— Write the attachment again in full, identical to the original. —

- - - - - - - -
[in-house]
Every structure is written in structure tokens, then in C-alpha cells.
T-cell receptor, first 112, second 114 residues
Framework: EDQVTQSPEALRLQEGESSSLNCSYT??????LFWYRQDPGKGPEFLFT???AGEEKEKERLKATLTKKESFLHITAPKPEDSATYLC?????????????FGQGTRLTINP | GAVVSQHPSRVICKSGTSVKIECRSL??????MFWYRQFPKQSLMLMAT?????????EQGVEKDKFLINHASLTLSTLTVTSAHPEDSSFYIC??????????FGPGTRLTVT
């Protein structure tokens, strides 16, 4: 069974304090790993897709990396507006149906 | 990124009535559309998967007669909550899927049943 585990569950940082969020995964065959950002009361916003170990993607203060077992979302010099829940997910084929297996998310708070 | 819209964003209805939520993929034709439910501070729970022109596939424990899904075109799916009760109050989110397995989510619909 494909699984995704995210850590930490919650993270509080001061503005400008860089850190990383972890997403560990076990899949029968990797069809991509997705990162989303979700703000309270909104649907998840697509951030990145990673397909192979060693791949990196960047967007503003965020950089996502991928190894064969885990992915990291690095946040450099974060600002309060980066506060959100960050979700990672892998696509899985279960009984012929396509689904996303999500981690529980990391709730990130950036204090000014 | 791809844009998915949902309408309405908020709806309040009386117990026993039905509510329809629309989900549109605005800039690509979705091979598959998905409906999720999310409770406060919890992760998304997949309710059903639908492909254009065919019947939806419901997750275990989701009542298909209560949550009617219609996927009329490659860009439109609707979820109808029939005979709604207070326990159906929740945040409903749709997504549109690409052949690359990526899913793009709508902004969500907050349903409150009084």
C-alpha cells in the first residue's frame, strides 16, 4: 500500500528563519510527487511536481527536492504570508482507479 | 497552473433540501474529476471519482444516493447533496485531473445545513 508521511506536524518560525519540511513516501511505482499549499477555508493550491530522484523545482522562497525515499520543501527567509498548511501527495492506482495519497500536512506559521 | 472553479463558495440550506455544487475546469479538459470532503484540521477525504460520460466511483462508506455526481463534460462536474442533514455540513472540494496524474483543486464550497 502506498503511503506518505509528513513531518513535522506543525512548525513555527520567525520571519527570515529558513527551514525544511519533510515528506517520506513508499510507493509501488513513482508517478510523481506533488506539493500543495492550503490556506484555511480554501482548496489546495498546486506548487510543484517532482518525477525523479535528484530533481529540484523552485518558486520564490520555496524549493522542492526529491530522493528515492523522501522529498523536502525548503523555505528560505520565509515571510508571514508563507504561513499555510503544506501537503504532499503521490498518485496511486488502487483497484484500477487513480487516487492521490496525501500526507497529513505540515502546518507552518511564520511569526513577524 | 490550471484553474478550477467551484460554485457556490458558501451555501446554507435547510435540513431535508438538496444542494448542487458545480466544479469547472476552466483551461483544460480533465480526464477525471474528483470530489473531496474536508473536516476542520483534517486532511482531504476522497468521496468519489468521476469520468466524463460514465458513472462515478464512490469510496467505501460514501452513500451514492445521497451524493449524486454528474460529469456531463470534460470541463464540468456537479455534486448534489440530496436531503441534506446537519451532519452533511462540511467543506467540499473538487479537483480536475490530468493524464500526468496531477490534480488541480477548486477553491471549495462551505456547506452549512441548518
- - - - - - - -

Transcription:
[in-house]
Every structure is written in structure tokens, then in C-alpha cells.
T-cell receptor, first 112, second 114 residues
Framework: EDQVTQSPEALRLQEGESSSLNCSYT??????LFWYRQDPGKGPEFLFT???AGEEKEKERLKATLTKKESFLHITAPKPEDSATYLC?????????????FGQGTRLTINP | GAVVSQHPSRVICKSGTSVKIECRSL??????MFWYRQFPKQSLMLMAT?????????EQGVEKDKFLINHASLTLSTLTVTSAHPEDSSFYIC??????????FGPGTRLTVT
């Protein structure tokens, strides 16, 4: 069974304090790993897709990396507006149906 | 990124009535559309998967007669909550899927049943 585990569950940082969020995964065959950002009361916003170990993607203060077992979302010099829940997910084929297996998310708070 | 819209964003209805939520993929034709439910501070729970022109596939424990899904075109799916009760109050989110397995989510619909 494909699984995704995210850590930490919650993270509080001061503005400008860089850190990383972890997403560990076990899949029968990797069809991509997705990162989303979700703000309270909104649907998840697509951030990145990673397909192979060693791949990196960047967007503003965020950089996502991928190894064969885990992915990291690095946040450099974060600002309060980066506060959100960050979700990672892998696509899985279960009984012929396509689904996303999500981690529980990391709730990130950036204090000014 | 791809844009998915949902309408309405908020709806309040009386117990026993039905509510329809629309989900549109605005800039690509979705091979598959998905409906999720999310409770406060919890992760998304997949309710059903639908492909254009065919019947939806419901997750275990989701009542298909209560949550009617219609996927009329490659860009439109609707979820109808029939005979709604207070326990159906929740945040409903749709997504549109690409052949690359990526899913793009709508902004969500907050349903409150009084």
C-alpha cells in the first residue's frame, strides 16, 4: 500500500528563519510527487511536481527536492504570508482507479 | 497552473433540501474529476471519482444516493447533496485531473445545513 508521511506536524518560525519540511513516501511505482499549499477555508493550491530522484523545482522562497525515499520543501527567509498548511501527495492506482495519497500536512506559521 | 472553479463558495440550506455544487475546469479538459470532503484540521477525504460520460466511483462508506455526481463534460462536474442533514455540513472540494496524474483543486464550497 502506498503511503506518505509528513513531518513535522506543525512548525513555527520567525520571519527570515529558513527551514525544511519533510515528506517520506513508499510507493509501488513513482508517478510523481506533488506539493500543495492550503490556506484555511480554501482548496489546495498546486506548487510543484517532482518525477525523479535528484530533481529540484523552485518558486520564490520555496524549493522542492526529491530522493528515492523522501522529498523536502525548503523555505528560505520565509515571510508571514508563507504561513499555510503544506501537503504532499503521490498518485496511486488502487483497484484500477487513480487516487492521490496525501500526507497529513505540515502546518507552518511564520511569526513577524 | 490550471484553474478550477467551484460554485457556490458558501451555501446554507435547510435540513431535508438538496444542494448542487458545480466544479469547472476552466483551461483544460480533465480526464477525471474528483470530489473531496474536508473536516476542520483534517486532511482531504476522497468521496468519489468521476469520468466524463460514465458513472462515478464512490469510496467505501460514501452513500451514492445521497451524493449524486454528474460529469456531463470534460470541463464540468456537479455534486448534489440530496436531503441534506446537519451532519452533511462540511467543506467540499473538487479537483480536475490530468493524464500526468496531477490534480488541480477548486477553491471549495462551505456547506452549512441548518